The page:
Five psychological mechanisms that might bias learning from neurosurgical complications: case discussions and a narrative review2022In: British Journal of Neurosurgery, ISSN 0268-8697, E-ISSN 1360-046X, Vol. 36, no 3, p. 323-328Article, review/survey (Refereed)
    Abstract [en]

    Purpose: The ability of neurosurgeons to analyze and reflect on their complications in a constructive way is important both for professional development and for patient safety. The purpose of the present paper is to highlight some psychological factors that might impair or bias the ability of the neurosurgeon to do this successfully.

    Methods: Five fictitious cases, loosely inspired by real events and situations, are used as a basis for a discussion of some of the most important potential sources of psychological bias in the context of understanding neurosurgical complications.

    Results: The issues of a) self-serving bias and the actor-observer effect; b) heuristics and biases in interpreting probabilistic events; c) emotional avoidance and denial; d) limitations of attention (dual systems theory) and e) errors of memory, are discussed.

    Conclusion: There are a number of psychological factors, that are well known to science that may be ubiquitous sources of influence on the ability of neurosurgeons to grow by reflection on their own complications. Exactly how these factors can and should be efficiently adressed by the individual neurosurgeon and/or the organisation and team in which the neurosurgeon works may vary according to type of bias, context and circumstances. However, being aware of these issues and addressing them on an individual and organizational level remains important to the quality of our craft.

    Download full text (pdf)
    fulltext
  • 6.
    Sundström, Nina
    et al.
    Umeå University, Faculty of Medicine, Department of Radiation Sciences.
    Malm, Jan
    Umeå University, Faculty of Medicine, Department of Pharmacology and Clinical Neuroscience, Clinical Neuroscience.
    Laurell, Katarina
    Umeå University, Faculty of Medicine, Department of Pharmacology and Clinical Neuroscience, Clinical Neuroscience.
    Lundin, Fredrik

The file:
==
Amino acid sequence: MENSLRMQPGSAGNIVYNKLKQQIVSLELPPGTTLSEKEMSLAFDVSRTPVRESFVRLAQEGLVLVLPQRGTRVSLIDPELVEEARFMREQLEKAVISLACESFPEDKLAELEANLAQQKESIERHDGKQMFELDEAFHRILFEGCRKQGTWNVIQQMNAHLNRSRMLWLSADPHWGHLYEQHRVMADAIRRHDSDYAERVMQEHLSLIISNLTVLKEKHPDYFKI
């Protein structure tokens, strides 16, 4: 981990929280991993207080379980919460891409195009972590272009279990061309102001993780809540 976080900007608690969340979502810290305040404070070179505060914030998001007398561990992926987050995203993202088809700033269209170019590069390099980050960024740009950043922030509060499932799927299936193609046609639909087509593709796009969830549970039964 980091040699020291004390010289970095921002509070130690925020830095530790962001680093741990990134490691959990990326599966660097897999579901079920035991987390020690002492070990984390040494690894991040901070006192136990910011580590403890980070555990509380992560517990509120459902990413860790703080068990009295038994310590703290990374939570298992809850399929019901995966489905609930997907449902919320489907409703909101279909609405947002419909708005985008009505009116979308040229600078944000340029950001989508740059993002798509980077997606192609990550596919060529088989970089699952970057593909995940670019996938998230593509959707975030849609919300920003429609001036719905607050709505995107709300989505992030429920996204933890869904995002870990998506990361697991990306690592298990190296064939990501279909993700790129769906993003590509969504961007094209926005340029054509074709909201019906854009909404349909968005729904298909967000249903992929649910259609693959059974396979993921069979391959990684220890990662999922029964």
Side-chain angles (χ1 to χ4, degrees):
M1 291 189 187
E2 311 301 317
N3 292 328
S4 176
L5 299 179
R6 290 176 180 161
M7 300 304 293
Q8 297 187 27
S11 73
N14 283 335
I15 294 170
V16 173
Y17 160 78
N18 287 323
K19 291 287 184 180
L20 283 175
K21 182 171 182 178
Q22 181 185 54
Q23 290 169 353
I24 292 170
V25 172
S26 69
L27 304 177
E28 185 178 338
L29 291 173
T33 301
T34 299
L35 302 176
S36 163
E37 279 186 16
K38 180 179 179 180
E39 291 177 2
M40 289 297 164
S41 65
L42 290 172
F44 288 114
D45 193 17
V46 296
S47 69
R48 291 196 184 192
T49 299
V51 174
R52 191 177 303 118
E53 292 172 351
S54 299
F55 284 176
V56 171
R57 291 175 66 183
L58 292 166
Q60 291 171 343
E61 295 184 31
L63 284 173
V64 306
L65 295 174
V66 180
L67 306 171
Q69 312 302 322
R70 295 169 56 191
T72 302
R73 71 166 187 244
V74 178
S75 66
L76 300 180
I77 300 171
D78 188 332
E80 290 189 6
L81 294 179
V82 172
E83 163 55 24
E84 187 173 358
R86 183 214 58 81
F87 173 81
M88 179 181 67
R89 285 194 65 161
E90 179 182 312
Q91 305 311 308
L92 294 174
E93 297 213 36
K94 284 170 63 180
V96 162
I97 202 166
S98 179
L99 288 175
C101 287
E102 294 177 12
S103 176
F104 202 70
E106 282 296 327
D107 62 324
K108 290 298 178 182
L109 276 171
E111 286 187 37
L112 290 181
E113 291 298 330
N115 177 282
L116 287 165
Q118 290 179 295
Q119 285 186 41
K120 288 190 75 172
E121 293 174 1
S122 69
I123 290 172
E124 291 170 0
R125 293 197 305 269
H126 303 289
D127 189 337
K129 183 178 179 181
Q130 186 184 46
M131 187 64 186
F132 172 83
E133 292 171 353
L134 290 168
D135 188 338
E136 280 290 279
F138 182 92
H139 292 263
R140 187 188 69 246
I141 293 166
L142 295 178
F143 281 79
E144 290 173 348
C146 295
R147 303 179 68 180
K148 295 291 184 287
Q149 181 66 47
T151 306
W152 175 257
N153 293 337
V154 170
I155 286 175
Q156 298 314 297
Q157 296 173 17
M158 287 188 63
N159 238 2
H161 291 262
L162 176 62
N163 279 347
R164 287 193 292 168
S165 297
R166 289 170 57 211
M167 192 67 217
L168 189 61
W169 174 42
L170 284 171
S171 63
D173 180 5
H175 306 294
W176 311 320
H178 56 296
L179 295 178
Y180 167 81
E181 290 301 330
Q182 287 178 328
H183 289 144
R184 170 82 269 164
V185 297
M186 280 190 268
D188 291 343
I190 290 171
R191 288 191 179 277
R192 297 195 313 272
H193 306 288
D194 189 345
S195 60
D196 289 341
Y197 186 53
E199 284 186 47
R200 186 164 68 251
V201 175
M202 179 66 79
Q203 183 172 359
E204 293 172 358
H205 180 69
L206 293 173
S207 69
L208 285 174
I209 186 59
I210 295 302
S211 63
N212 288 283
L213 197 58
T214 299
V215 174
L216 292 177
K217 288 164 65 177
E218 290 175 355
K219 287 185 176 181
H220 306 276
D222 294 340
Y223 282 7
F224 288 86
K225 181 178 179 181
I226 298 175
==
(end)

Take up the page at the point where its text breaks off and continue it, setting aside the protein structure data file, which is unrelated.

Kahlon, Babar
    Cesarini, Kristina G
    Leijon, Göran
    Wikkelsö, Carsten
    Incidence and outcome of surgery for adult hydrocephalus patients in Sweden2017In: British Journal of Neurosurgery, ISSN 0268-8697, E-ISSN 1360-046X, Vol. 31, no 1, p. 21-27Article in journal (Refereed)
    Abstract [en]

    OBJECT: To present population-based and age related incidence of surgery and clinical outcome for adult patients operated for hydrocephalus, registered in the Swedish Hydrocephalus Quality Registry (SHQR).

    METHODS: All patients registered in SHQR during 2004-2011 were included. Data on age, gender, type of hydrocephalus and type of surgery were extracted as well as three months outcome for patients with idiopathic normal pressure hydrocephalus (iNPH).

    RESULTS: The material consisted of 2360 patients, 1229 men and 1131 women, age 63.8 ± 14.4 years (mean ± standard deviation (SD)). The mean total incidence of surgery was 5.1 ± 0.9 surgeries/100,000/year; 4.7 ± 0.9 shunt surgeries and 0.4 ± 0.1 endoscopic third ventriculostomies. For iNPH, secondary communicating hydrocephalus and obstructive hydrocephalus, the incidence of surgery was 2.2 ± 0.8, 1.9 ± 0.3 and 0.8 ± 0.1/100,000/year, respectively. During 2004-2011, the incidence of surgery increased in total (p = .044), especially in age groups 70-79 years and ≥80 years (p = .012 and p = .031). After surgery, 253 of 652 iNPH patients (38.8%) improved at least one step on the modified Rankin scale (mRS). Number needed to treat was 3.0 for improving one patient from unfavourable (mRS 3-5) to favourable (mRS 0-2). The mean score of a modified iNPH scale increased from 54 ± 23 preoperatively to 63 ± 25 postoperatively (p < .0001, n = 704), and 58% improved. No significant regional differences in incidence, surgical techniques or outcome were found.

    CONCLUSIONS: Incidence of hydrocephalus surgery increased significantly during 2004-2011, specifically in elderly patients. Surgical treatment of iNPH markedly improved functional independence, but the improvement rate was low compared to recent single- and multicentre studies. Thus, the potential for surgical improvement is likely lower than generally reported when treating patients as part of everyday clinical care.

  • 7. Zrinzo, Ludvic
    et al.
    Hariz, Marwan
    Umeå University, Faculty of Medicine, Department of Pharmacology and Clinical Neuroscience, Clinical Neuroscience.
    Conclusions should be supported by the data presented2013In: British Journal of Neurosurgery, ISSN 0268-8697, E-ISSN 1360-046X, Vol. 27, no 4, p. 545-546Article in journal (Refereed)